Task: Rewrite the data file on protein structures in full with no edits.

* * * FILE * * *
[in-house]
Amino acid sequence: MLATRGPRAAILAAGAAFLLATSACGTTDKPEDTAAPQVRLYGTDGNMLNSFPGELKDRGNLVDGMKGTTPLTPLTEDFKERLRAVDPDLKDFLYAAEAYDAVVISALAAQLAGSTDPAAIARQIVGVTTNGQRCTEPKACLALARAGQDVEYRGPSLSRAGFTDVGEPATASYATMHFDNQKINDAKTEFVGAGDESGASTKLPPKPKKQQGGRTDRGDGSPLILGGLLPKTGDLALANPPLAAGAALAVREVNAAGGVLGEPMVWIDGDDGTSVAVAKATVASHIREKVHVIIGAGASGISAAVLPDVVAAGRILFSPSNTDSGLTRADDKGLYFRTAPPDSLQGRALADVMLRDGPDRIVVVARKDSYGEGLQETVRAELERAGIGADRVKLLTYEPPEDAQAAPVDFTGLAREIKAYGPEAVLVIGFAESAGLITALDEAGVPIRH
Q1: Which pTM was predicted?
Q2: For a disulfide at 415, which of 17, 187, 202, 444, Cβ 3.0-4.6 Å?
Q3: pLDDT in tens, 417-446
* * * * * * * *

[in-house]
Amino acid sequence: MLATRGPRAAILAAGAAFLLATSACGTTDKPEDTAAPQVRLYGTDGNMLNSFPGELKDRGNLVDGMKGTTPLTPLTEDFKERLRAVDPDLKDFLYAAEAYDAVVISALAAQLAGSTDPAAIARQIVGVTTNGQRCTEPKACLALARAGQDVEYRGPSLSRAGFTDVGEPATASYATMHFDNQKINDAKTEFVGAGDESGASTKLPPKPKKQQGGRTDRGDGSPLILGGLLPKTGDLALANPPLAAGAALAVREVNAAGGVLGEPMVWIDGDDGTSVAVAKATVASHIREKVHVIIGAGASGISAAVLPDVVAAGRILFSPSNTDSGLTRADDKGLYFRTAPPDSLQGRALADVMLRDGPDRIVVVARKDSYGEGLQETVRAELERAGIGADRVKLLTYEPPEDAQAAPVDFTGLAREIKAYGPEAVLVIGFAESAGLITALDEAGVPIRH
Q1: Which pTM was predicted?
Q2: For a disulfide at 415, which of 17, 187, 202, 444, Cβ 3.0-4.6 Å?
Q3: pLDDT in tens, 417-446